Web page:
Eschbach
Eschbach
Sapida
Sapida
Somarriba
Somarriba
Crouch
Crouch

Redbook, Cosmopolitan, Elle: All, in their own way, strive to help women become more beautiful. 

And all fail abysmally at that task. 

The reason being? The editors of those magazines don’t know what real beauty is. Like much of the rest of the media, they equate beauty with sexiness and measure a woman’s attractiveness in numbers and inches. 

But not Verily. 

Founded by Kara Eschbach, Krizia Sapida, Mary Rose Somarriba and Ashley Crouch — four friends who were tired of women’s magazines that do more harm than good — Verily offers a different take on fashion, beauty, and, yes, truth, than what you’ll find in the supermarket checkout lane. Dedicated to showcasing the feminine genius and helping women understand their inherent dignity, the magazine, in both mission and content, counters the attitudes driving the sexualization of women and girls today. 

Recently, Our Sunday Visitor spoke with Verily’s four founders about how to tune out culture’s negative messages. Here’s what they had to say. 

Our Sunday Visitor: Who has been the single biggest influence on your understanding of femininity and why? 

Krizia Sapida (lifestyle editor): Ironically enough, my father. Raising three daughters is a daunting task, but my dad has done it with such grace. By his own selfless example, we learned how to behave with the dignity and love that he has always known we are capable of.

Mary Rose Somarriba (culture editor): My mother is easily the biggest influence on my understanding of femininity. She not only carries herself with poise and grace, but she also has the most generous peacemaker’s heart. She is a strong and brave hard worker as well, having volunteered to serve in the Vietnam War as an army nurse. 

Ashley Crouch (relationship editor): My beautiful friends are both strong and gentle, intelligent but willing to learn, and accomplished yet humble. Through their continual support and example, I learn more every day what it means to be authentic and feminine — it’s OK to just be me. I don’t have to be anyone else; I’m enough.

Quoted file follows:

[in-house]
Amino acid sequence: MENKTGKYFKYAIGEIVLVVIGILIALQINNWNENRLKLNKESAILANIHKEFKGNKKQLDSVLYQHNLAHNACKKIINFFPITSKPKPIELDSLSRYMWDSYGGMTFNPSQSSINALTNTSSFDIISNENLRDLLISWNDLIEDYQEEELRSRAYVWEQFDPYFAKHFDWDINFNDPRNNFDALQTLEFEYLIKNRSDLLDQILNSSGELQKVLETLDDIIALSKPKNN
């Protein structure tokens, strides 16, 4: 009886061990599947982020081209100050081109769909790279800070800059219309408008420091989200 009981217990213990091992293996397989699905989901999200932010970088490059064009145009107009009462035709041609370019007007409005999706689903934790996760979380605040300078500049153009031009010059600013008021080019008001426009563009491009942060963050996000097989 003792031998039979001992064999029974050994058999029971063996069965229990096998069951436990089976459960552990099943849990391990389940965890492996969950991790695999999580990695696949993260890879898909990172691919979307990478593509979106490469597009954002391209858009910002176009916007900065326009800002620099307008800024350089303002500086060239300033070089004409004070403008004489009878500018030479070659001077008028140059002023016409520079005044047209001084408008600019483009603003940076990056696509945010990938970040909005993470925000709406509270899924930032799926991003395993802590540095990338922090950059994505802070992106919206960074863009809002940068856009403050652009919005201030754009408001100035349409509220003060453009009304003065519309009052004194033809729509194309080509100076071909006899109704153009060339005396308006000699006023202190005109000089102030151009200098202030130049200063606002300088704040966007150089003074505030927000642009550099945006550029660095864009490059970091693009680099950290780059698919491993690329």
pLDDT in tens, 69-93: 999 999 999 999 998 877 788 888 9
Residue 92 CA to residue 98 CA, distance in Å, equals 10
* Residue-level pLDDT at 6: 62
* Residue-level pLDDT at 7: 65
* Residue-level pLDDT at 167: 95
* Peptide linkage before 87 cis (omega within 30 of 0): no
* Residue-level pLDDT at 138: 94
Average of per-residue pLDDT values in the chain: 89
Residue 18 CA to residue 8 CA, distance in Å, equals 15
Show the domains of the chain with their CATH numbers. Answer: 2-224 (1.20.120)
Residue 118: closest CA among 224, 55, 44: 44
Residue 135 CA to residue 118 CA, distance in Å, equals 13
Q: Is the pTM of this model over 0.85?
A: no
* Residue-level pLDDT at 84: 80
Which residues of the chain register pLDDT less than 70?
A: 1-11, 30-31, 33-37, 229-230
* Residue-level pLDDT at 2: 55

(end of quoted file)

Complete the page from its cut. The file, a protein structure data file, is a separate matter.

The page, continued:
OSV: What’s the best piece of advice someone has given you that has helped you reject the cultural pressure to dress or act in ways contrary to your own feminine dignity? 

Kara Eschbach (editor-in-chief): I think Mother Teresa’s famous line says it all: “God has not called me to be successful; He has called me to be faithful.” 

Crouch: For me, it’s been a gradual discovery that women have an incredible power to ennoble and inspire through the ways that we communicate our identity and beauty. I think Fulton Sheen says it the best: “To a great extent the level of any civilization is the level of its womanhood. When a man loves a woman, he has to become worthy of her. The higher her virtue, the more her character, the more devoted she is to truth, justice, goodness, the more a man has to aspire to be worthy of her. The history of civilization could actually be written in terms of the level of its women.”  

                                                               

Somarriba: Once you start to play the game of following cultural pressures, you’re destined to lose. You can try to live up to the pressures to look a certain way and fit a certain mold, but there will always be someone thinner, taller, prettier than you, so compromising your uniqueness is a losing game. Better instead to start with respect for your inherent feminine dignity and know that you don’t need to change yourself despite what the media and people around you say. Respect that you come from a unique mold and have something unique to offer. 

OSV: How would you define feminine beauty? In other words, what do you think makes a woman truly beautiful? 

Eschbach: The most beautiful women I’ve met — the ones who truly captivate those around them — are the ones with that sparkle in their eyes, a certain peace with themselves and others that allows them to truly engage and be present. 

Sapida: True feminine beauty comes from within and is inherent in all women. She who recognizes true love of self and others is truly beautiful. There is joy in her heart. And whoever says smiling makes you ugly? 

Crouch: All women are called to bring beauty into the world. Truly feminine beauty bubbles over from a heart filled with love. We exhibit it most through our loving relationships with those in our lives — when we are genuine and real with one another and courageously help each other to become the best version of ourselves. We are being challenged to present a new model of beauty — one that goes beyond simply being “sexy” and integrates all the facets of the person. Being beautiful is about daily making the choice: “Today, I’m going to love.” 

Somarriba: A joyful heart. 

Emily Stimpson is an OSV contributing editor.